Ideas Loading: Local artist Sharonjit Sutton on her many-stranded practice ahead of Hive residency

“I’m so excited to start,” says Sharonjit, sipping tea on a cold evening in Tilt. “It’s my first residency as well.”

Sharonjit Sutton is the second in a cohort of eight local artists carrying out residencies at The Hive, a community hub based in Birmingham’s historic Jewellery Quarter. Supported by the Ruskin Mill Land Trust, the residency invites creative practitioners to develop new work in response to the space and its archives, activities, community, and local environment. 

Sutton, who also goes by the moniker Ideas Loading, is a multi-disciplinary artist and graphic designer. 

“Ever since I was a kid I wanted to be an artist,” she explains “but when I got to uni my mum was like, ‘That’s not gonna get you a job”, so I thought, I’ll do graphic design. But I hated the commercial side of it. I didn’t wanna sell coca cola and trainers and stuff. I literally just work on heritage, educational and community projects, and then I have my art practice as well alongside that.”

Sutton’s practice covers various forms, including painting, ceramics, video and textiles.

“Every time I see something new, I have to try it. People say what do you do, but I don’t do any specific thing, I just like to make stuff. I hoard stuff. Our bedroom is full of cardboard; my partner’s a musician, I’m an artist, so the house is just full.

I just have to always be making something and for some reason there comes a point where everything just meets in the middle. My brain’s always worked that way, finding links between different things.”

“There’s a type of Punjabi embroidery called phulkari, inspired by Indian farmland. I was reading about the New Standard Works and it kind of has an Arts & Crafts movement vibe, all to do with nature and industry mixed together. In phulkari the patterns are all inspired by the farmland and the shapes of nature so I’ll be working with shapes from the roof garden and then mix it with stuff from the archive. I’ll just be sitting in the space, doing some embroidery. I’m going to do a couple of workshops as well, one with Make It Mend It and another one with the SevenUp group.

This won’t be Sutton’s first time teaching phulkari: she’s been hosting workshops alongside local visual artist Helena De Reybekill as part of the South Asian Arts Collective.

“Over lockdown, I got talking to Roo Dhissou, who started SAAC. She invited me to the group and since then I’ve just been involved in everything. It’s a non-hierarchical thing. So if you want to get involved you can just organise what you want; that’s how the SAAC Takeover at Moseley Hive started, and that went down really well, the first event ever. We didn’t get any funding or anything, we just did it out of our pockets. We got a fundraiser this time, trying to get so we can pay our facilitators – so we’ve got another one next month.”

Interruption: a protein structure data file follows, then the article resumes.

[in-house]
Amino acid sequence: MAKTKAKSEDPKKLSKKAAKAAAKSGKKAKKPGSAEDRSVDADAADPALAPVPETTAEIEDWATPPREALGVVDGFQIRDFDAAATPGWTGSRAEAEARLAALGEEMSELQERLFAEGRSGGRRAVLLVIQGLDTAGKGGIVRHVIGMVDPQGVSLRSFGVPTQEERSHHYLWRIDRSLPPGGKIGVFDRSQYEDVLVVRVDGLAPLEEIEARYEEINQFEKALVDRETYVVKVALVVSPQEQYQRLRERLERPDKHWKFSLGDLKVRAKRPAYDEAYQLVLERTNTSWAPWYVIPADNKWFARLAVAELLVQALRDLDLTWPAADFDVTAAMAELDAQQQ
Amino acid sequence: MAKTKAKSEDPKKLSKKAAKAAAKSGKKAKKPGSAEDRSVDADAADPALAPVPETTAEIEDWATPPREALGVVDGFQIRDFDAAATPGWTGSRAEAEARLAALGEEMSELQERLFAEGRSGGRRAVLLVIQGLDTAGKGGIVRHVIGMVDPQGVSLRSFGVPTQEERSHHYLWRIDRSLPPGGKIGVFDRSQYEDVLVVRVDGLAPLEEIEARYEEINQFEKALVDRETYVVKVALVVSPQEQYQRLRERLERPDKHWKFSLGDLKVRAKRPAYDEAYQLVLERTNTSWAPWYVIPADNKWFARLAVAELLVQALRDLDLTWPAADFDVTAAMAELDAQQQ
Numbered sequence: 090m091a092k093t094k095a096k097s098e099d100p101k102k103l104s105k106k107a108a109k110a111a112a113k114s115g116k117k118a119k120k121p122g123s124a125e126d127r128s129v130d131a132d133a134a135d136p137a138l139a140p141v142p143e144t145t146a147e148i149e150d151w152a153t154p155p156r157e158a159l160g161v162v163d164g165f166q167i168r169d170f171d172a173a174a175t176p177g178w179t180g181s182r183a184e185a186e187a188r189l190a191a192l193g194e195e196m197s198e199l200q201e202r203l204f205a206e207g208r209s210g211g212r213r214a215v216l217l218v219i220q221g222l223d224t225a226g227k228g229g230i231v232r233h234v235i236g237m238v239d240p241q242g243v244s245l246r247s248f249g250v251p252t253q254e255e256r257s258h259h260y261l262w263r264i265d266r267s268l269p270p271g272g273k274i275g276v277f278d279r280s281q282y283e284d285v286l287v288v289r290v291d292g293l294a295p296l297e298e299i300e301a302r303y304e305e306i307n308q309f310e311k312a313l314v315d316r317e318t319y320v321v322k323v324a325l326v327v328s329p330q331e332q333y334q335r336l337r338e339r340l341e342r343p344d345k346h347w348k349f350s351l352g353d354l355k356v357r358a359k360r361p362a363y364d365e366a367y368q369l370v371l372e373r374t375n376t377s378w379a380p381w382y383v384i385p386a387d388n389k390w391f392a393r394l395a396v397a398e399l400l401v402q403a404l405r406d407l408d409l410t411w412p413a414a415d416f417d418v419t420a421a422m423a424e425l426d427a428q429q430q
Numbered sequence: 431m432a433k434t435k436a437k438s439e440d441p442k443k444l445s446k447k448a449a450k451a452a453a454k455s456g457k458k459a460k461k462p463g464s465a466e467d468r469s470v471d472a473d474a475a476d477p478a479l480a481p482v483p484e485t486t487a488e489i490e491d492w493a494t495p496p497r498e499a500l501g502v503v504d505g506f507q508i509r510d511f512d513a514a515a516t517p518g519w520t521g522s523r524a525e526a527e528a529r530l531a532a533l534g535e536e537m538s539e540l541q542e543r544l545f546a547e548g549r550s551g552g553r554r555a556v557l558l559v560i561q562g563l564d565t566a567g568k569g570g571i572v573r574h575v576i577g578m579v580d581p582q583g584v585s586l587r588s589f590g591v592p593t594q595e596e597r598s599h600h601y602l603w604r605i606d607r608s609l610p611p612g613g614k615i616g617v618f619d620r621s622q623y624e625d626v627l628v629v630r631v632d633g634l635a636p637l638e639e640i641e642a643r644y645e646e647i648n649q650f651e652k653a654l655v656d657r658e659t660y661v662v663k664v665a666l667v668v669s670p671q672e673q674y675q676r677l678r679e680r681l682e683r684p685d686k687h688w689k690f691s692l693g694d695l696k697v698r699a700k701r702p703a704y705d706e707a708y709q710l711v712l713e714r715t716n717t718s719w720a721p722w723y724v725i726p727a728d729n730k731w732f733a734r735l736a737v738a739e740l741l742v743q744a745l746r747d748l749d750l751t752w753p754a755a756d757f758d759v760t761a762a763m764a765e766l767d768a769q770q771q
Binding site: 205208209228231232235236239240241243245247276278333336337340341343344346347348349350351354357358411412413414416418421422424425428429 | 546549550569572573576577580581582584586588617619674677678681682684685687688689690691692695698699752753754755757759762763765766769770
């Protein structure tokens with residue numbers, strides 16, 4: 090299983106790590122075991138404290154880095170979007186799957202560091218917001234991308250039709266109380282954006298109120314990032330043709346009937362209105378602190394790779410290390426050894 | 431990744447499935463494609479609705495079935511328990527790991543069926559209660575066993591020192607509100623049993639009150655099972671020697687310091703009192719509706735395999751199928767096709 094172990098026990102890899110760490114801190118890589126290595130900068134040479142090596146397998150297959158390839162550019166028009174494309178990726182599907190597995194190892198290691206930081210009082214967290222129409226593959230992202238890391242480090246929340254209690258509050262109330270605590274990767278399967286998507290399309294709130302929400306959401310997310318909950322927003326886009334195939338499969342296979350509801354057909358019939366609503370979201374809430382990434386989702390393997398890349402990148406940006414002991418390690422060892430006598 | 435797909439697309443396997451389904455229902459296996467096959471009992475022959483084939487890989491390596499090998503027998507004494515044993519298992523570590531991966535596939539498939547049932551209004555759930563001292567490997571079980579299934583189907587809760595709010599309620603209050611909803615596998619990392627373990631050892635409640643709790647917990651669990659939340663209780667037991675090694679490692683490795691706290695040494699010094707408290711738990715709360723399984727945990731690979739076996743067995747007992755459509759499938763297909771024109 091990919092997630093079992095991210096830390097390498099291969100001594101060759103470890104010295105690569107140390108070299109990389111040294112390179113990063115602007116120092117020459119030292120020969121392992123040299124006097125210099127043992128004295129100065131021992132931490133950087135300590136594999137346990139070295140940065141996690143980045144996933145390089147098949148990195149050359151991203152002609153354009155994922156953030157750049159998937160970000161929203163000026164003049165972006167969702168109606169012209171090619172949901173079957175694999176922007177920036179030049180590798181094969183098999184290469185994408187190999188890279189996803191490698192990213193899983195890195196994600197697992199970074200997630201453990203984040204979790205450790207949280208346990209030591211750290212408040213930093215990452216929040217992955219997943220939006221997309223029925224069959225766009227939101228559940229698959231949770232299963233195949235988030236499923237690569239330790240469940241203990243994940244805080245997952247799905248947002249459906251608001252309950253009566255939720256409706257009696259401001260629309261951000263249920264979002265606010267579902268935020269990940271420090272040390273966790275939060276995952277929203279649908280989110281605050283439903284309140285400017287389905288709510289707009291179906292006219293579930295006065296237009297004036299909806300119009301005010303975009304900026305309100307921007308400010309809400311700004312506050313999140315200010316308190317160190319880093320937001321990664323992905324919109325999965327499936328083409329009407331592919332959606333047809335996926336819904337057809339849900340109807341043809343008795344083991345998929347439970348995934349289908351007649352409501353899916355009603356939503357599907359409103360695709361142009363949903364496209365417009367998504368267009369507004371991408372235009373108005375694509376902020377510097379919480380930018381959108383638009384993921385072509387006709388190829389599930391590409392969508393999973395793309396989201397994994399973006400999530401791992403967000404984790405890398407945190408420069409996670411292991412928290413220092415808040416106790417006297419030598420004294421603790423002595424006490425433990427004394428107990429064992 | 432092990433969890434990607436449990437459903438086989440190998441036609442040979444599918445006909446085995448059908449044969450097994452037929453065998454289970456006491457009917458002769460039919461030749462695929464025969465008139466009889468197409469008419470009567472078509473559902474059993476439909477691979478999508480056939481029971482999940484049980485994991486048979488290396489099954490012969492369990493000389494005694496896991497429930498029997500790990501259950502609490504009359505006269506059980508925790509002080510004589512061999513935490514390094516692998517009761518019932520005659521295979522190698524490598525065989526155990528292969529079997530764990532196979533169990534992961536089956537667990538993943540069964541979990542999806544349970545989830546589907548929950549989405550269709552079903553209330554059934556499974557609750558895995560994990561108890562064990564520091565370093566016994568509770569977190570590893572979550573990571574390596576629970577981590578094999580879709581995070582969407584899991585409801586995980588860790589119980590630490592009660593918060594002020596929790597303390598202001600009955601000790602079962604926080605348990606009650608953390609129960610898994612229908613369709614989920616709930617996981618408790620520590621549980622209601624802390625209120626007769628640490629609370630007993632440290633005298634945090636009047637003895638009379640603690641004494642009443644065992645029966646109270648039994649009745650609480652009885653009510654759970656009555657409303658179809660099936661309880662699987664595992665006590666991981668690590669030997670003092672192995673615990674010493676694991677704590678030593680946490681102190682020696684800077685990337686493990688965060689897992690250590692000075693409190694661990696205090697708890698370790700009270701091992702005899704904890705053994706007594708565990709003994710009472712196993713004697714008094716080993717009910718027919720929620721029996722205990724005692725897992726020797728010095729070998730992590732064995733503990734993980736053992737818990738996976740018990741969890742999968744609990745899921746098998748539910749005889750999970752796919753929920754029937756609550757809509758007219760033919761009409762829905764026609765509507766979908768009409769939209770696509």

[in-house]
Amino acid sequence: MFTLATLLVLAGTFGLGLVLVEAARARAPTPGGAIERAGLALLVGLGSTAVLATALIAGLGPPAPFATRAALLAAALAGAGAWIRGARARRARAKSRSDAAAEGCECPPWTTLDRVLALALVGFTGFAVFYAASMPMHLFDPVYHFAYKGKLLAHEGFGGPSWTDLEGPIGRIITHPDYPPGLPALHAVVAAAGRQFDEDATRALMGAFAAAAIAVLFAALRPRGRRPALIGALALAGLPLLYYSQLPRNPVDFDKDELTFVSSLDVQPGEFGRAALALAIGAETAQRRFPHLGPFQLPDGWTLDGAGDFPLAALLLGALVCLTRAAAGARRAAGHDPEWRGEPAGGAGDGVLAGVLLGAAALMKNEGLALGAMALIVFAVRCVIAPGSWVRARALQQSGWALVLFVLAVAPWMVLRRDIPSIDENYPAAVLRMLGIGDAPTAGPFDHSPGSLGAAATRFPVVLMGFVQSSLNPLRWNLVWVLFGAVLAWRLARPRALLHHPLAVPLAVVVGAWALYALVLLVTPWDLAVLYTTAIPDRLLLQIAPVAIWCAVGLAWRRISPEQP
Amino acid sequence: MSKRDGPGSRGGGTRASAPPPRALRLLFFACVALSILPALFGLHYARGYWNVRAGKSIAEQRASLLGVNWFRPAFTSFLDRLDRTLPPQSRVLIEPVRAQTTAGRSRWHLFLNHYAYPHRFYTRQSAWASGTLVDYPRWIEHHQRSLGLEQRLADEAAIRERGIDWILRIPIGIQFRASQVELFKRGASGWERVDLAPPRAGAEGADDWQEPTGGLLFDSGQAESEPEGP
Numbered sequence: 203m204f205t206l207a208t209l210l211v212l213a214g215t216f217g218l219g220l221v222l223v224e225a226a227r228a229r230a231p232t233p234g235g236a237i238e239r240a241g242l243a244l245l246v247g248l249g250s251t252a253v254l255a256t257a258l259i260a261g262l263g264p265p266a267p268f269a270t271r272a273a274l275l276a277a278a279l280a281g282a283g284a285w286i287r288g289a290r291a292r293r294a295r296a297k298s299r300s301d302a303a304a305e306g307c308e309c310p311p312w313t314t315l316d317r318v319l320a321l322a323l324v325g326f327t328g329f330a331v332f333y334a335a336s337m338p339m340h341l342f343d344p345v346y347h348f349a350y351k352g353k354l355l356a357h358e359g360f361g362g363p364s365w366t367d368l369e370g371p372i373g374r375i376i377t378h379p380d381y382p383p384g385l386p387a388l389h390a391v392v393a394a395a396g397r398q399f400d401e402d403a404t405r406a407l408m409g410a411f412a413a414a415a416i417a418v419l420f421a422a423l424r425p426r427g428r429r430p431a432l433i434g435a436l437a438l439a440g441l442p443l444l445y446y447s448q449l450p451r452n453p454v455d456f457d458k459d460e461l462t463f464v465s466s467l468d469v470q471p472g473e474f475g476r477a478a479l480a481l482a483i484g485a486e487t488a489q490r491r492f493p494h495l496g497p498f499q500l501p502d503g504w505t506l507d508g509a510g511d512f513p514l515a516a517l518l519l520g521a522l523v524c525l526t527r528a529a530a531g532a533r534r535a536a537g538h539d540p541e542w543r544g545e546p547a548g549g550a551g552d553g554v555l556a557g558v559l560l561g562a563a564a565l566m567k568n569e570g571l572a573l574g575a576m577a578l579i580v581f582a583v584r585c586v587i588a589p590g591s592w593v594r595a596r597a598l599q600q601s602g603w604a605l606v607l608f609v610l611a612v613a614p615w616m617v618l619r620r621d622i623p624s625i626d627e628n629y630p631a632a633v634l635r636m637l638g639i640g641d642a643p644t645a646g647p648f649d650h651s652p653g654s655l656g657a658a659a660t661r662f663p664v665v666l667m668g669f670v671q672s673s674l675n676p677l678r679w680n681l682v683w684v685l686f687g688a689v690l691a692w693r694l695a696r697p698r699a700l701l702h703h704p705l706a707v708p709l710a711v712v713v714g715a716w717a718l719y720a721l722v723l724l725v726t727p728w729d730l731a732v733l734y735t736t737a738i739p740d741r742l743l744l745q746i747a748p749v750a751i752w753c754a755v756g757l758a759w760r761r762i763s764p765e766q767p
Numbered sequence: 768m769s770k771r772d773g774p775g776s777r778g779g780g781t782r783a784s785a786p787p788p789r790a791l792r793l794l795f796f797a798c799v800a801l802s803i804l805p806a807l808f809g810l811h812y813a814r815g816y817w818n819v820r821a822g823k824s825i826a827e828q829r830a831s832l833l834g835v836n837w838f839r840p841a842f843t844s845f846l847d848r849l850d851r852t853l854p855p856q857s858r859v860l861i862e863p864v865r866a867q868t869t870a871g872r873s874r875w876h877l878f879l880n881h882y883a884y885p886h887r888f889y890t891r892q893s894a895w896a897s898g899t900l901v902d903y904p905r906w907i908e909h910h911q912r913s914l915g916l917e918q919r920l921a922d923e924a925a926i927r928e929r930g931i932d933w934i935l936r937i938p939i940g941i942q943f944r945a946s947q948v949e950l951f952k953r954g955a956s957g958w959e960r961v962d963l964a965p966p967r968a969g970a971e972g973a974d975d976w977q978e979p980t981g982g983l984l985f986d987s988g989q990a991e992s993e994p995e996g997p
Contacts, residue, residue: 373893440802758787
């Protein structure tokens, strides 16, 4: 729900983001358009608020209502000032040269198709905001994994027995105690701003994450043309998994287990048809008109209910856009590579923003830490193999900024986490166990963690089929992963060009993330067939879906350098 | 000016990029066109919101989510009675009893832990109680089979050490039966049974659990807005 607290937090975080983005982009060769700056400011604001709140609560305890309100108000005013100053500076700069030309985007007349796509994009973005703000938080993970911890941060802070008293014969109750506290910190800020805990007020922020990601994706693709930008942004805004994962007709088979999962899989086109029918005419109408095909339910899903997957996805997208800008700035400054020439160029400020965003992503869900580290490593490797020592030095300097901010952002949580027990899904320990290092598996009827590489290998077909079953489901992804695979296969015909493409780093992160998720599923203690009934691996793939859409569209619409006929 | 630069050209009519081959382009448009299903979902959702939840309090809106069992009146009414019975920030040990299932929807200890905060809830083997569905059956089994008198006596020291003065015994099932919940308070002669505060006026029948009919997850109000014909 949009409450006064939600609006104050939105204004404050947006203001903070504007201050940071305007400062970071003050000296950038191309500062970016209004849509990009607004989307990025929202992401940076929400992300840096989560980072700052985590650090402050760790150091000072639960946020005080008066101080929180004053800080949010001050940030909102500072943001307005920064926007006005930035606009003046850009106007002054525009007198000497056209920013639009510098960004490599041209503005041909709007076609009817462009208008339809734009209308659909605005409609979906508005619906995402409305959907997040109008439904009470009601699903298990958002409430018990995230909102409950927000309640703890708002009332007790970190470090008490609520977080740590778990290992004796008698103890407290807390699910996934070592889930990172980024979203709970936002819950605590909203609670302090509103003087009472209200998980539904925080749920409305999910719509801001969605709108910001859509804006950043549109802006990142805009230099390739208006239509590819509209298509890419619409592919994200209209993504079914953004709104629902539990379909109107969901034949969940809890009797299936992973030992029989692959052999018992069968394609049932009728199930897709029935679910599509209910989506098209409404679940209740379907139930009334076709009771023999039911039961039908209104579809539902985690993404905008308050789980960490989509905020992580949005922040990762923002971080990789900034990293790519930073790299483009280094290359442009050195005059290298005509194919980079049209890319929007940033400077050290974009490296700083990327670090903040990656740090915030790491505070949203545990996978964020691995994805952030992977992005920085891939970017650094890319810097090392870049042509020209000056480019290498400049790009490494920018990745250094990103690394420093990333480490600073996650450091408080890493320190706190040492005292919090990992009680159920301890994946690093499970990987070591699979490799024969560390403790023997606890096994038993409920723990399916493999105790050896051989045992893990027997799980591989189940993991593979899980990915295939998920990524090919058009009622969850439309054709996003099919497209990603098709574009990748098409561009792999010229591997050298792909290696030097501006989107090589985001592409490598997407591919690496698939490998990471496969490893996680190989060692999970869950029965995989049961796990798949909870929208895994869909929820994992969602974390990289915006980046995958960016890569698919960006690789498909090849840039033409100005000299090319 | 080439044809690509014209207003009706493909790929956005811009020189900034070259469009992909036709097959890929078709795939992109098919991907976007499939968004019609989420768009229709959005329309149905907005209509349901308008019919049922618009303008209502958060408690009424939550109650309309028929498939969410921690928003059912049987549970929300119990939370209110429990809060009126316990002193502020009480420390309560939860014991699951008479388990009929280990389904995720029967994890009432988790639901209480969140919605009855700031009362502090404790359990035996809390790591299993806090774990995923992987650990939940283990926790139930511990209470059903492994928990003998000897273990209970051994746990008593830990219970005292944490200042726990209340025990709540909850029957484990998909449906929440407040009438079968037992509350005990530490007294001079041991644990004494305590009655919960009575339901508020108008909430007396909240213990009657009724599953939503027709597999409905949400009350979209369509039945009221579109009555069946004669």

Sutton’s work might be familiar to regulars at the Night Owl’s monthly night Kaleidoscope, where she’s been a big hit at the arts market. “I was trying to talk to people but I couldn’t because it was so loud!” she laughs. “The music was really good though. We haven’t been to a gig for ages! Last time was also at The Night Owl…I can’t remember if it was last year or the year before, but it was Joe Talbot from Idles giving a talk.”

All my practice is about making stuff accessible at the end of the day. Even when I go to fairs and stuff, I try to make the process as cost-effective as possible, so it can be accessed by people who wanna buy art. “

Heritage is another interest of Sutton’s, and forms the basis for a new video work. 

“I’ve started this project recently called “His Name’s Not Charlie”. It’s a reference to my grandad, because when he migrated from Kenya to London in the seventies, people started calling him Charlie. His name’s Rajinder.I started speaking about it at the Migrant Festival that the IKON did, and then people came up to me with similar stories about their names, their parents names, their grandparents names…I’m kind of collecting people’s stories.”

Sharonjit Sutton will be working at The Hive on Tuesdays and Wednesdays up until December 17th, breaking for the Christmas period, and picking up the residency again in January. She’s hosting a phulkari workshop as part of the Make It Mend It event at 6pm on 14th December, and you can join her for the Homunculi Games on 10th December at Vivid Projects as part of Black Hole Club’s current exhibition Welcome To The New Earth.

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